Timothy J. Wilson
Assistant Professor of Microbiology
Ph.D., Washington University in St. Louis, 2007
Leukocytes are the primary cellular component of the immune system, and different subtypes populate distinct cellular niches to carry out their functions. The vast majority of leukocytes are motile, and therefore experience a dynamic extracellular environment that requires the ability to integrate a variety of signals. Whether responding to an invading pathogen or maintaining tissue homeostasis, leukocytes must have the ability to distinguish foreign and self, as well as dangerous and innocuous, and be able to respond appropriately. The long term goal of my research is to understand the mechanisms by which leukocyte surface receptors interpret their cellular microenvironment and deliver the downstream signals governing leukocyte activation and effector functions.
Prior work has focused on uncharacterized members of the Fc Receptor-Like (FCRL) and SLAM families of cell surface receptors. Current and future studies will examine how these and other cell surface molecules promote resistance to infection or alter susceptibility to autoimmune disease.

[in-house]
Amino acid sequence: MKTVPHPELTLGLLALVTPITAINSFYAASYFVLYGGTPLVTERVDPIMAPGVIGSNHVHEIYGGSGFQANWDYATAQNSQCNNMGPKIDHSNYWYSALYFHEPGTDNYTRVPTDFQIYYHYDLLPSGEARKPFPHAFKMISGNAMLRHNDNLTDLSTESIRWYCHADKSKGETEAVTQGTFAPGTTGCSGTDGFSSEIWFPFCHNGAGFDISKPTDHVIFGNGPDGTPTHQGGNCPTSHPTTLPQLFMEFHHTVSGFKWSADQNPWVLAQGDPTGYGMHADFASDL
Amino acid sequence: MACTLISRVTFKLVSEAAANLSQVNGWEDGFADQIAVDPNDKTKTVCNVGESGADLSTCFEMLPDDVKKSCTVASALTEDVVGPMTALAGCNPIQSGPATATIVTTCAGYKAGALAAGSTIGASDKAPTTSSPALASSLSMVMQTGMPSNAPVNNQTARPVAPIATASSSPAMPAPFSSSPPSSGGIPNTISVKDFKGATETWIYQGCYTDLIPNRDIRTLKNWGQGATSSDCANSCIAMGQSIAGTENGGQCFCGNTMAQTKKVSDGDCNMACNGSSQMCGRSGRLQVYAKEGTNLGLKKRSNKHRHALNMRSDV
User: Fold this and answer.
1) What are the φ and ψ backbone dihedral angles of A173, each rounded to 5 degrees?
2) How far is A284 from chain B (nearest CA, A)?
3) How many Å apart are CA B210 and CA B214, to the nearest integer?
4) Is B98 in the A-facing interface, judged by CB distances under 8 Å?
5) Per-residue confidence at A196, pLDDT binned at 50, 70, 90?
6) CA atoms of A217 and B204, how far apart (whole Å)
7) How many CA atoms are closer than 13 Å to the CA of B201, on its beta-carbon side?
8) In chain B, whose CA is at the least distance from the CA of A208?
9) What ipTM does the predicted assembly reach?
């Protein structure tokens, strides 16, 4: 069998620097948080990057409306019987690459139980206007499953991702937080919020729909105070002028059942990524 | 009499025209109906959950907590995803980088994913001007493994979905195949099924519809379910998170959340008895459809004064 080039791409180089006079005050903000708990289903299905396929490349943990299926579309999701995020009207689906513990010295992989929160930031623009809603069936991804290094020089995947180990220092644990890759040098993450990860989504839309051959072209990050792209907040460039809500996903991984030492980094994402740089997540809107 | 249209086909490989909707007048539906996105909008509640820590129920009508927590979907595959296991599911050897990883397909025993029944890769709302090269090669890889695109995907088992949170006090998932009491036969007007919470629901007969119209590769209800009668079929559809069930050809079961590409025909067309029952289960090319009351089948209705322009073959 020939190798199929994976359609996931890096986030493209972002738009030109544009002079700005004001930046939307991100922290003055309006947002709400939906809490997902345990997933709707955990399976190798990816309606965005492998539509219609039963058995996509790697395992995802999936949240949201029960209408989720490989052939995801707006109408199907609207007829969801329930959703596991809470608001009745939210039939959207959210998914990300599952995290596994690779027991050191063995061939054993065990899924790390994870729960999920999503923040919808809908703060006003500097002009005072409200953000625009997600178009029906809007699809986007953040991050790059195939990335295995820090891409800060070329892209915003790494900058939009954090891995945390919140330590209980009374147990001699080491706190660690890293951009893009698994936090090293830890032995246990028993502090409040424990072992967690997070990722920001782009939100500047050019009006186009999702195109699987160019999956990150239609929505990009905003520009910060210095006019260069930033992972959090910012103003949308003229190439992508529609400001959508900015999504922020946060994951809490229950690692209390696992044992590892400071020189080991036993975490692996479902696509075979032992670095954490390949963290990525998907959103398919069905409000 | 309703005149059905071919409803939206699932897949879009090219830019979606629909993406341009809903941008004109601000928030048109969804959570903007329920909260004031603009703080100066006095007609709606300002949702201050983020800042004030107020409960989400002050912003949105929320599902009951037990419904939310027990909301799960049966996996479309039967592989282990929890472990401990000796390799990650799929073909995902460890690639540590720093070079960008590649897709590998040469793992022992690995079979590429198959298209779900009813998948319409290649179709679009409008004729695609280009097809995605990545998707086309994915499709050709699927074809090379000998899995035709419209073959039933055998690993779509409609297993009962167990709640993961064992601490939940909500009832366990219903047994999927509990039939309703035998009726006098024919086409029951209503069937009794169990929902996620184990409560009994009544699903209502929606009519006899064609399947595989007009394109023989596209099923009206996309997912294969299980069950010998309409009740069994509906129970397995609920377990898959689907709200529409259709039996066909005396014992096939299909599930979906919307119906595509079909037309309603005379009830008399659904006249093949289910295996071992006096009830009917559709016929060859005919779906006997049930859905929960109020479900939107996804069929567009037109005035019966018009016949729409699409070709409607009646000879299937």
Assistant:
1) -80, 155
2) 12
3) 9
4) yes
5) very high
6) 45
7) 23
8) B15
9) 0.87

- Wilson TJ, Garner LI, Metcalfe C, King E, Margraf S, and Brown MH. 2014. Fine specificity and molecular competition in SLAM family receptor signaling. PLOS One. 9(3):e92184.
- Wilson TJ, Fuchs A, and Colonna M. 2012. Cutting Edge: FcRL4 and FcRL5 are receptors for IgA and IgG. Journal of Immunology. 188(10): 4741-4745.
- Wilson TJ, Gilfillan SG, Colonna M. 2010. FcRLA associates with intracellular IgG and IgM, but is dispensable for antigen-specific immune responses. Journal of Immunology. 185: 2960-2967.
- Swanson CL, Wilson TJ, Strauch P, Colonna M, Pelanda R, Torres RM. 2010. Type I IFN enhances follicular B cell contribution to the T cell-independent antibody response. Journal of Experimental Medicine. 207(7): 1485-1500.
- Wilson TJ, Presti RM, Tassi I, Overton ET, Cella M, Colonna M. 2007. FcRL6, a new ITIM-bearing receptor on cytolytic cells, is broadly expressed by lymphocytes following HIV-1 infection. Blood 109(9): 3786-93.
- Wilson TJ, Colonna M. 2005. A new Fc receptor homolog, FREB2, found in germinal center B cells. Genes and Immunity 6: 341-6.